Israeli Prime Minister Binyamin Netanyahu insisted Thursday that the decision to include the Cave of the Patriarchs in Hebron on the list would not in any way change the status quo at the site, which has long been shared by Jews and Muslims.
He called accusations being made by Palestinians and others “an artificial attempt to distort reality and sow discord.”
Two days after Palestinian Authority (P.A.) chairman Mahmoud Abbas warned during a visit to Brussels that it could ignite a “religious war,” Palestinians clashed Thursday with Israeli soldiers in Hebron. The radical Palestinian group Islamic Jihad has called for a “day of anger” on Friday.
State Department spokesman Mark Toner said the administration regarded the move as “provocative,” and that U.S. diplomats had conveyed that message to Israeli officials.
On Thursday the Organization of the Islamic Conference (OIC) weighed in, demanding that the United Nations act against “this Israeli unilateral aggression.”
Earlier, a spokesman for U.N. secretary-general Ban Ki-moon said he raised with visiting Israeli Defense Minister Ehud Barak his concerns about “the inclusion of holy sites in the occupied West Bank on an Israeli heritage list.”
In announcing the expansion of an existing list of sites with religious and national significance to ancient and modern Israel, Netanyahu on Sunday mentioned that they would include the Cave of the Patriarchs and another site in territory claimed by the Palestinians – Rachel’s Tomb between Jerusalem and nearby Bethlehem, the traditional burial site of Rachel, the wife of the biblical patriarch, Jacob.
Although a predominantly Arab city today, Hebron’s importance to Jews goes back to the foundation of their faith. According to the Old Testament (Genesis 49), Abraham bought a cave known as Machpela at the site to bury his wife, Sarah and was himself also buried there, along with Isaac and Jacob, as well as Isaac’s wife Rebecca, and Jacob’s first wife, Leah.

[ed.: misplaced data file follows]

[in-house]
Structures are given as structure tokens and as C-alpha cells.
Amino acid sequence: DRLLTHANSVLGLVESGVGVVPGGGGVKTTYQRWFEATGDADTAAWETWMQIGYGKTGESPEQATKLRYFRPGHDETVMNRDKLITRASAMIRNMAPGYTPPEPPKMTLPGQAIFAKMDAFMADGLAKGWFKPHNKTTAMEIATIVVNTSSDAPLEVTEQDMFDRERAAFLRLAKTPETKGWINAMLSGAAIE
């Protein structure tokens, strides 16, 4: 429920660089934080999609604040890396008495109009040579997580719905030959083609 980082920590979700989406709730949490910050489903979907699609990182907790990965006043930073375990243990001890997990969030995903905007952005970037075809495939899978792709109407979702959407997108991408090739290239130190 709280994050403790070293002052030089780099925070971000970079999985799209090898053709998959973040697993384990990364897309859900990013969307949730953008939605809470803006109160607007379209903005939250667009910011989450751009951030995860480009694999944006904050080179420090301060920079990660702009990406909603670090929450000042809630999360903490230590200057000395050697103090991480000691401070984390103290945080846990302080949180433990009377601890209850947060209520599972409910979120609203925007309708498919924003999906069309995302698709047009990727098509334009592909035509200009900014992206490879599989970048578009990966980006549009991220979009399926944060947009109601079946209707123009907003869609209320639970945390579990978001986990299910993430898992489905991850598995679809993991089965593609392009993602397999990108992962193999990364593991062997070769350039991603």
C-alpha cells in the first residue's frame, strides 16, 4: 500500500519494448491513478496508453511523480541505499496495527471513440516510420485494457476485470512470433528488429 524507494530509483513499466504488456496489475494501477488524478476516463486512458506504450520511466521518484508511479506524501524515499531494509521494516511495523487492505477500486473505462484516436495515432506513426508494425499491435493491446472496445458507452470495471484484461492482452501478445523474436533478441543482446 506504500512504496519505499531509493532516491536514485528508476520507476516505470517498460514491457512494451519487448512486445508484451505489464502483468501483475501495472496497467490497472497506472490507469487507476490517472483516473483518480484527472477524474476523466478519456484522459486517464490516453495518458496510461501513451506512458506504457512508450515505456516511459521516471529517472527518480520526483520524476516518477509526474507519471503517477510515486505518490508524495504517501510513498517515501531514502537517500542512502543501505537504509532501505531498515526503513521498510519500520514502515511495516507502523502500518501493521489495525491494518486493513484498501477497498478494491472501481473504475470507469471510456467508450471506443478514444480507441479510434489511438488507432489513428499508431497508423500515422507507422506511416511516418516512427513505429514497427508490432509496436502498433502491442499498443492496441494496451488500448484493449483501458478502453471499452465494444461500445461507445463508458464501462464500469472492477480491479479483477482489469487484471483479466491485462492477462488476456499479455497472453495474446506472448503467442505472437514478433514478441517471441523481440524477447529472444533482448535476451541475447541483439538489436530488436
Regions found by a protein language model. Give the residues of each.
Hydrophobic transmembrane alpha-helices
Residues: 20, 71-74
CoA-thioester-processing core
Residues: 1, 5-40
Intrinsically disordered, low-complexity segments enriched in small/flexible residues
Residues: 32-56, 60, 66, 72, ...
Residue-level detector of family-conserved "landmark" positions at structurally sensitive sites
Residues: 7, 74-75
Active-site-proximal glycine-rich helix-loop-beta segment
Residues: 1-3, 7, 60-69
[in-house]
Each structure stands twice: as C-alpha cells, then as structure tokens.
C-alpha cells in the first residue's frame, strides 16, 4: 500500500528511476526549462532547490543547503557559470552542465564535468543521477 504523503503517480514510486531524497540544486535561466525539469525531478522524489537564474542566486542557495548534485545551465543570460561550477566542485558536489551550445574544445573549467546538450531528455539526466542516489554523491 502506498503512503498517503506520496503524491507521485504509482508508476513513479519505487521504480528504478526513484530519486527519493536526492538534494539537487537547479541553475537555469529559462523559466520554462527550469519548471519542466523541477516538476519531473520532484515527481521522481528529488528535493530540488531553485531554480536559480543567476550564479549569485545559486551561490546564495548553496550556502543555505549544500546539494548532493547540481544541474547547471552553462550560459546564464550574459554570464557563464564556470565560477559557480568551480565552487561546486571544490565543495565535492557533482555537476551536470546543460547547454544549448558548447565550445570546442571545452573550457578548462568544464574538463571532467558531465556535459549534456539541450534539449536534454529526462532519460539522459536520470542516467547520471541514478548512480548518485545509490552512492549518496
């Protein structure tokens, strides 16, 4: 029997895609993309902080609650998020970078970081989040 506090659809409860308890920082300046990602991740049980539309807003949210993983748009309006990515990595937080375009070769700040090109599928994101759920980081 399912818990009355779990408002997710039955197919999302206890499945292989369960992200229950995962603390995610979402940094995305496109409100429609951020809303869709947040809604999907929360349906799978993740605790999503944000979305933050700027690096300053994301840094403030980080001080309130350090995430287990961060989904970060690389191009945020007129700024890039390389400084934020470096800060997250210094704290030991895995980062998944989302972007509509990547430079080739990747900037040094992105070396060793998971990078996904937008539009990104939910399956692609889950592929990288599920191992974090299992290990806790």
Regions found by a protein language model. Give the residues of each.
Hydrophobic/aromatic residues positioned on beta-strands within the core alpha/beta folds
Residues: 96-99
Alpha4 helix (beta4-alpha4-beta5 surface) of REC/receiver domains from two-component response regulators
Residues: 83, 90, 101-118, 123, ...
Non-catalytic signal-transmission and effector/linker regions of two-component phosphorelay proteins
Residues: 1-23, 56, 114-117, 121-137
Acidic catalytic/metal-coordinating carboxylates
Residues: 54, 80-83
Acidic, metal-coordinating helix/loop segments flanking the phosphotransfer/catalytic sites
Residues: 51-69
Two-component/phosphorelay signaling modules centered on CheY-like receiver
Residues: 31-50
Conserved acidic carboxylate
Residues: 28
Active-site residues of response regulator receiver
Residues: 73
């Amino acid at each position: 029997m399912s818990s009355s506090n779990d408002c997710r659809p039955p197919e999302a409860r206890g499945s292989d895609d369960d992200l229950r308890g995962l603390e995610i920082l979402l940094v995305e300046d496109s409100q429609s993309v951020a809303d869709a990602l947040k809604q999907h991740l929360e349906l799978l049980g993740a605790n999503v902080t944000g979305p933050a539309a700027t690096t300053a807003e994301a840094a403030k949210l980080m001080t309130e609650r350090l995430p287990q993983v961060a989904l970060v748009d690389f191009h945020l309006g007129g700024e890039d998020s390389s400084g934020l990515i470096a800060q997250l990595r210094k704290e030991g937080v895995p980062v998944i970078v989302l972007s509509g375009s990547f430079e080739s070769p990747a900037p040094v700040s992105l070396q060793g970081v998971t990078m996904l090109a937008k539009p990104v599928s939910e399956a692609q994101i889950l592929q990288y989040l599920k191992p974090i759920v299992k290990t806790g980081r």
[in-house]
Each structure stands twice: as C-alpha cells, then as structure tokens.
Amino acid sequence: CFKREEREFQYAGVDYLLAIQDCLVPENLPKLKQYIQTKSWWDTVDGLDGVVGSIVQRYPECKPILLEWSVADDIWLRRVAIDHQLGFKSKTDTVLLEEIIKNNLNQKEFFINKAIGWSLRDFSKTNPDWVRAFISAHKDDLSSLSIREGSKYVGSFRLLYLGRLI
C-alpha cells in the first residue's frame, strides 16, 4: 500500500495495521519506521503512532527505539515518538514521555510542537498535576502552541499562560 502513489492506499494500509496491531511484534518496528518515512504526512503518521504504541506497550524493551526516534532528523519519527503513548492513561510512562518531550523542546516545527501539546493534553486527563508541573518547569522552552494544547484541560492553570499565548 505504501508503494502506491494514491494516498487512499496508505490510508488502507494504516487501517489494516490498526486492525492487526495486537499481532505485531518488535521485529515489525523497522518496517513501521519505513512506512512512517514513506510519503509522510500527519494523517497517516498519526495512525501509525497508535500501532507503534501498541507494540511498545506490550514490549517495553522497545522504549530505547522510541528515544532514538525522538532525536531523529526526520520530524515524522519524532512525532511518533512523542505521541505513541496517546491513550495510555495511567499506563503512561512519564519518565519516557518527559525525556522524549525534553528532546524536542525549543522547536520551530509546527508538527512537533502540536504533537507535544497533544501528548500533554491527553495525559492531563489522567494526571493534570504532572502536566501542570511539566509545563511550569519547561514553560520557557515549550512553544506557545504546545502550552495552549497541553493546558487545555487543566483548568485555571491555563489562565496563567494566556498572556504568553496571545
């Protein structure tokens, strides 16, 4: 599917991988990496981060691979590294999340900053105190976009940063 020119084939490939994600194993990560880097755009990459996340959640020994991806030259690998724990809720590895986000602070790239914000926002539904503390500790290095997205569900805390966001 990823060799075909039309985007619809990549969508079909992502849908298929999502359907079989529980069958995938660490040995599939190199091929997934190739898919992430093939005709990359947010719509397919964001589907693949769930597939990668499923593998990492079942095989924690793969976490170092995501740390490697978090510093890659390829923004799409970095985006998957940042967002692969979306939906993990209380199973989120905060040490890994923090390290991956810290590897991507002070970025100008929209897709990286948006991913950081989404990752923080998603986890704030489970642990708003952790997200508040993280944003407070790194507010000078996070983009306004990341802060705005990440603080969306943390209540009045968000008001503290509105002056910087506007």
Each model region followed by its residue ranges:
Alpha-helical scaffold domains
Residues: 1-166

The Old Testament also records that Hebron was the capital of the kingdom of Israel for seven years before King David moved to Jerusalem (2 Samuel 5). Rabbis consider the Cave of the Patriarchs the second holiest site in Judaism, after the Temple Mount in Jerusalem. Hebron as a city is also one of Judaism’s four holy cities, the others being Jerusalem, Tiberias and Tzfat.
Historians say Hebron had a small, almost continuous Jewish presence for thousands of years until 1929, when it ended abruptly after 67 members of the then 800-strong Jewish community were killed during three days of Arab riots.
Shortly after Israel captured the West Bank during the 1967 Six Day War Jews began to return to Hebron in small numbers and today some 500 are reported to live in the historic Jewish Quarter, amid tight security.
In 1994 a deranged Israeli opened fire on Muslims in a mosque at the site, killing at least 29 people before he was overpowered and killed.
The Muslim claim to the Cave of the Patriarchs is based on the Islamic precept that major biblical figures, from Adam to Jesus, were Muslim prophets. Thus the mosque at the site is known as Ibrahimi (Abraham) mosque.
In recent days, new claims about the Islamic significance of the site have appeared in Palestinian media.
In a press report Thursday, the Palestinian Ma’an news agency described the Ibrahimi mosque as Islam’s “fourth holiest” site.
The P.A. news agency WAFA cited a London-based organization called the Palestine Return Center as describing the Ibrahimi mosque as “a mosque that Abraham built and is buried in.”
According to the Encyclopedia Judaica, The structure surrounding the cave and still standing today was built by King Herod some 2,000 years ago. Islam reached Hebron with the Muslim conquests in the 7th century AD.
According to the left-wing Middle East scholar Juan Cole, the five holiest sites in Islam are, in order, in Mecca, Medina, Jerusalem, Najaf and Karbala (although the city of Kairouan in northern Tunisia also holds claim to the position of fourth holiest in Islam.) An online list of the 15 “holiest sites in Islam” does not include Hebron.
At a press conference in Ramallah Wednesday, veteran PLO activist Hanan Ashrawi called Netanyahu’s decision a “direct attack on Palestinian heritage and a crime against Palestinian culture.”
The Cave of the Patriarchs is divided into Jewish and Muslim sections, and for most of the year, Jews and Muslims have free access to their designated spaces. For two 10-day periods each year, each group has access to the entire site while the other is barred from entering.
“We know that it is also a holy place for Muslims,” Netanyahu said Thursday. “We honor both.”
“We are not changing the status quo at the site and we will not, in any way, harm freedom of worship for Muslims, just as we will preserve freedom of worship for Jews.”
The U.N. body known as the Bureau of the Committee on the Exercise of the Inalienable Rights of the Palestinian People slammed the Israeli move.
“Laying official claims to religious and historical places throughout the occupied West Bank and East Jerusalem and attempts by the Government of Israel purporting itself to be the sole custodian of those sites is yet another measure aimed at consolidating Israel’s illegal occupation of Palestinian lands,” it said in a statement.